Eddard Stark (Ned to his friends) is the head of the Starks of Winterfell and Lord of the North. For a time he is Hand of the King to his friend Robert Baratheon, but falls foul of the Lanisters after Robert is killed in an accident and the Queen’s son from an incestuous relationship – the nasty little turd Joffrey – ascends to the throne. That he came to a sticky end in the first season of the TV adaption should be a surprise to exactly no-one, what with the somewhat unfortunately type-cast Sean Bean having been given the role.
This figure is part of Funko’s new Legacy range. Better known for novelty bobbleheads and POP vinyls, the Legacy figures are fully-articulated, detailed action figures. Released in the US with little fanfare earlier this year as an exclusive to Barnes & Noble stores, they went into general retail a month later, and by all accounts have been rather popular with collectors. There are six figures in the first series, with a second series of six coming soon.
Ned arrived in a solid, reusable box, securely nestled in a clear plastic insert. Three twisty-ties held him in place and these were dealt with using wire cutters. The Game of Thrones Legacy boxes are similar to those used for Hasbro’s Star Wars Black 6” figs (the figures are the same scale), but are a little bigger. A large window lets you see the figure and its accessories clearly, so you can check for paint issues etc if you’re buying the figures in-store rather than online. Each box is a different colour depending on the characters allegiance, and features a related sigil. Ned’s box is a grey-brown colour, and has the Stark dire-wolf on it. Each box is also numbered – number 6 in this case. There’s an image of Ned on the back of the box as portrayed in the show.
Of note is the terribly pungent smell that exudes from the figure once released. It takes a good week or more of airing out for the strong plastic smell to begin to dissipate. I experienced this pong with the other three GoT figures I also have.
The first batch of these figures had a number of quality control issues, mostly thanks to the use of clear plastic – which is notoriously brittle – for the joints. The one’s I ordered were guaranteed to be from the second production run, and while one of the other figures suffered a broken wrist peg, Ned hasn’t had any problems (insert obligatory “except for the head falling off” joke).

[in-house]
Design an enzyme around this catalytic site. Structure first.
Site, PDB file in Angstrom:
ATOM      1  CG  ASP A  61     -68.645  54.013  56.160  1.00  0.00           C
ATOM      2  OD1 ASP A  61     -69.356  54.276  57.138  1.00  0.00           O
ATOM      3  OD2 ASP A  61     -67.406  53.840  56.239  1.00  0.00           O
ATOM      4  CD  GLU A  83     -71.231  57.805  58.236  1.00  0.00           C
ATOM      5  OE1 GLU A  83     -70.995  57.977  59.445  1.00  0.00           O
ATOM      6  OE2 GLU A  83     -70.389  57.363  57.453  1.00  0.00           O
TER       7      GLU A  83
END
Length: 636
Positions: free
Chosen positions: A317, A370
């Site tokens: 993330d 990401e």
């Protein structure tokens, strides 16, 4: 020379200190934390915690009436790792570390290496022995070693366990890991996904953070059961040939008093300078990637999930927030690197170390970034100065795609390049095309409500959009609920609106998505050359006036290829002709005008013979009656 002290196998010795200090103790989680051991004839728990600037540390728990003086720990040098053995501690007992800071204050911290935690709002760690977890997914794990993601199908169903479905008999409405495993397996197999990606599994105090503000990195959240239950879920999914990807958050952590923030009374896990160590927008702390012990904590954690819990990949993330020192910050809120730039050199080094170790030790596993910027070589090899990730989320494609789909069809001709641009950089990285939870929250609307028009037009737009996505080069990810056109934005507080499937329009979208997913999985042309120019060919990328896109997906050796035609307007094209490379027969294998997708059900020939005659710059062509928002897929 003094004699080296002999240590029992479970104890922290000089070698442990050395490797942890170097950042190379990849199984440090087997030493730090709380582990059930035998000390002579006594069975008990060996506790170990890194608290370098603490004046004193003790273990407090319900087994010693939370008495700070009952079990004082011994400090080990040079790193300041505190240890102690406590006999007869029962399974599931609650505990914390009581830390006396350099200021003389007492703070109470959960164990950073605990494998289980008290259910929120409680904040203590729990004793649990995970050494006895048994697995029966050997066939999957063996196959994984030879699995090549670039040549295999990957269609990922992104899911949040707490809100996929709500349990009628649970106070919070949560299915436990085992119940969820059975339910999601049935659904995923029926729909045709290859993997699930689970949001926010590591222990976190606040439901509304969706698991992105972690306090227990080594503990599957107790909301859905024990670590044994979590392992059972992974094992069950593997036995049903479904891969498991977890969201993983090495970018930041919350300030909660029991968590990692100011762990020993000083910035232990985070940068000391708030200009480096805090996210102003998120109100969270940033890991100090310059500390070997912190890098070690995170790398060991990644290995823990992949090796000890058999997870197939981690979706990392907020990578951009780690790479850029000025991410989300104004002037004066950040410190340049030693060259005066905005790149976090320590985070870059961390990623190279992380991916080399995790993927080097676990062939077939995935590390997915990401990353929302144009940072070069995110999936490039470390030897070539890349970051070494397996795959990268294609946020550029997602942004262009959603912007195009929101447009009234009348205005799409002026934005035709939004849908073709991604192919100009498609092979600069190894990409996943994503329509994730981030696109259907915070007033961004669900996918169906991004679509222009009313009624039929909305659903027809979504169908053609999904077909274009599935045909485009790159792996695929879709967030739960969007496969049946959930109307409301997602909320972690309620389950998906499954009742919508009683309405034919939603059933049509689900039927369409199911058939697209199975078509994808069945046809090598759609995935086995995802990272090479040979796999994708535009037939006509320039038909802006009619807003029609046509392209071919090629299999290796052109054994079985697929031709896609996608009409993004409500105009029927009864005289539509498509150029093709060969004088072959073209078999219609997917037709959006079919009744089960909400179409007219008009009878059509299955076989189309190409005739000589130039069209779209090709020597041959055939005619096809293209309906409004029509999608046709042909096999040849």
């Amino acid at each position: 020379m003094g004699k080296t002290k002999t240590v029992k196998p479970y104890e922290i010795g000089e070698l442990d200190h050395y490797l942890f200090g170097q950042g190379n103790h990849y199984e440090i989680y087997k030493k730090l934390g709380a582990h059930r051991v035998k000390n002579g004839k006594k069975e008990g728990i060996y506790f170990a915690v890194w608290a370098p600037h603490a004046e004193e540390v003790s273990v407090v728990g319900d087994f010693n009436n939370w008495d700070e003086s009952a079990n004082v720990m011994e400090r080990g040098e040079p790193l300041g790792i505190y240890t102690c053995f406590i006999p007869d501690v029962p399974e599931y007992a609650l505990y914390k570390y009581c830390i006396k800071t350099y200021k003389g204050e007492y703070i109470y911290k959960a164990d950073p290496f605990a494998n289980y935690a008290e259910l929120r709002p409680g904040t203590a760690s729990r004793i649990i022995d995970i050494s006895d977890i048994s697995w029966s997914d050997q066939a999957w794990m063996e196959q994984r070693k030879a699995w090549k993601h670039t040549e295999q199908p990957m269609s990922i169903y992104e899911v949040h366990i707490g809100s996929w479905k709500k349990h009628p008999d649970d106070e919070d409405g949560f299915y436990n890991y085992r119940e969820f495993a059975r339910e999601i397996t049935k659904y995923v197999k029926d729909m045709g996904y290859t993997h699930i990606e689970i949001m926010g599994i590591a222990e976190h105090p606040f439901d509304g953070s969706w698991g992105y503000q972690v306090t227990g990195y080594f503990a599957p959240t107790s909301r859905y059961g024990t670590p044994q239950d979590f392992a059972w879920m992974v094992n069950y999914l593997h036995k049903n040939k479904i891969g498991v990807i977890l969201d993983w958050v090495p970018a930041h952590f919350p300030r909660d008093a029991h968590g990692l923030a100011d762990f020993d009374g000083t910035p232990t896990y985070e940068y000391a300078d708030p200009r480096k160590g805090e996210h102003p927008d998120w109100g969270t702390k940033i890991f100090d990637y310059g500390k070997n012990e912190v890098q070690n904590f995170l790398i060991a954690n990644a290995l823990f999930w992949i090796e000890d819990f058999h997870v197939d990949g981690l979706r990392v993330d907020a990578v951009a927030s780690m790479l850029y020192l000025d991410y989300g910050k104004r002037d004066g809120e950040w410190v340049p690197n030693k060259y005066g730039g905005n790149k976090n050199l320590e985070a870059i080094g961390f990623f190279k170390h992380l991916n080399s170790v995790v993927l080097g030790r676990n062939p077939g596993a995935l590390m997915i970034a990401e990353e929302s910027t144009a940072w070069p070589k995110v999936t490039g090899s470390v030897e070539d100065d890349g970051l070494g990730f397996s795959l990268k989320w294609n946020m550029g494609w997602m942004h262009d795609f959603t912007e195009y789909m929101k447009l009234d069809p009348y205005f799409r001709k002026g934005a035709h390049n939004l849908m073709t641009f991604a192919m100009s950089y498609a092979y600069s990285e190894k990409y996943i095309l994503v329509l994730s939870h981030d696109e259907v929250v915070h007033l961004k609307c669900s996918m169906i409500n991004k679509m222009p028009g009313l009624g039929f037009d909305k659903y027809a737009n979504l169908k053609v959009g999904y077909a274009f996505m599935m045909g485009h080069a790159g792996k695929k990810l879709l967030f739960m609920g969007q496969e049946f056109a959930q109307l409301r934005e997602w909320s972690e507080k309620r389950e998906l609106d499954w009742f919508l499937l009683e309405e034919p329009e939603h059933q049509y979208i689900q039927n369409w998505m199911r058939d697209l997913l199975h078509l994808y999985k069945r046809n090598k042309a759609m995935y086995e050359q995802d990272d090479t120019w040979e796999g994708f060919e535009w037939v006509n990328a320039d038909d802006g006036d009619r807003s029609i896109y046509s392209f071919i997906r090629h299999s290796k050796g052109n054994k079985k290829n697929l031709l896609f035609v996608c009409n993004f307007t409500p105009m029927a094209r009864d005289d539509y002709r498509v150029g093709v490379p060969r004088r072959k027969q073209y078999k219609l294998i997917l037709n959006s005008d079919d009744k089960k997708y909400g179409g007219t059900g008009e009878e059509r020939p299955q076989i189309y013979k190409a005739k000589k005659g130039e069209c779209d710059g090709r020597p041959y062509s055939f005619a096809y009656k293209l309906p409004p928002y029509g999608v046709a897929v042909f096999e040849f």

The figure is 6” tall. This is slightly smaller than the 7” figures you get from Neca, but still preferable to McFarlane’s 5” Walking Dead figures. The face is decent enough, but I don’t really see the likeness to Sean Bean that some do. I think the face should be a bit thinner and more oval. The likeness is a bit better at some angles than others, but it’s not quite right. The hair and stubbly beard are well represented though.
The rest of the sculpt is mostly clean, if a bit soft. Details such as the Hand of the King pin really could be sharper, for example, but as this is a relatively simple figure in appearance, he mostly passes. This version of Ned wears the clothes he wore while at court in King’s Landing. The main feature is his large, padded gambeson. The leather texture is very well represented here and it’s covered in little studs. Mine had some damage to the left side where the soft rubber seems to have torn slightly when being pulled from the mould. He also wears a large sword belt and sheath which have good detail on them, though the included great sword doesn’t fit in it properly.
Most of the figure’s joints were a bit stiff initially and paint had gummed up the wrists a bit, but most loosened up easily enough with some careful moving around. Ned has a ball & socket head, ball-joint shoulders, ball-joint elbows, swivel wrists, swivel waist, ball-joint hips, thigh cuts, ball-joint knees, ball-joint ankles, and ankle rockers. This little lot allows for a good range of poses. The figure is well balanced and stands solidly even in more action oriented poses.
Most of the figures in this range get at least one accessory, whether sword, axe, or dragon. Ned matches The Hound as he gets two swords: a regular broad sword and the much more massive “Ice”. They look good but are a bit roughly cast. Running a finger along the blades reveals quite scraggly edges. Also a large ejector pin mark (metal pins are used to push the pieces out of the moulds) is visible on Ice’s hilt.
The paint apps are overall quite reasonable, but are a bit thick in places. Ned’s face is decent enough. The eyes are nicely detailed, and both are aligned perfectly. The figure is mostly basic brown, red-brown and dark brown, but buttons, studs etc are picked out in metallics. One thing I don’t agree with is the metallic drybrushing used to highlight the gambeson. The real garment doesn’t have metal in it. It’s a padded tunic, so a light leathery colour would have been better here. The hand pin hasn’t quite been painted correctly and there’s a bit of a gap in the gold. The paint on the wrist joints has also chipped off the clear plastic. Both sword blades aren’t finished properly, with the silver ending before the hilts. The trim could also be applied better.
I’m a huge fan of the show, and these figures definitely scratch my collecting itch. They’re not perfect, but are far from terrible. Considering they’re Funko’s first go at action figures, I’d say they’re actually pretty damn good, and I will happily be collecting more of them (I also have Jon Snow, The Hound and a White Walker so far).
The best part is, Funko’s Legacy range is already expanding. Next up are Magic: The Gathering figures (which look great), and a Firefly set is expected at the end of the year (which I will be buying each and every figure of, hands down). Can’t wait.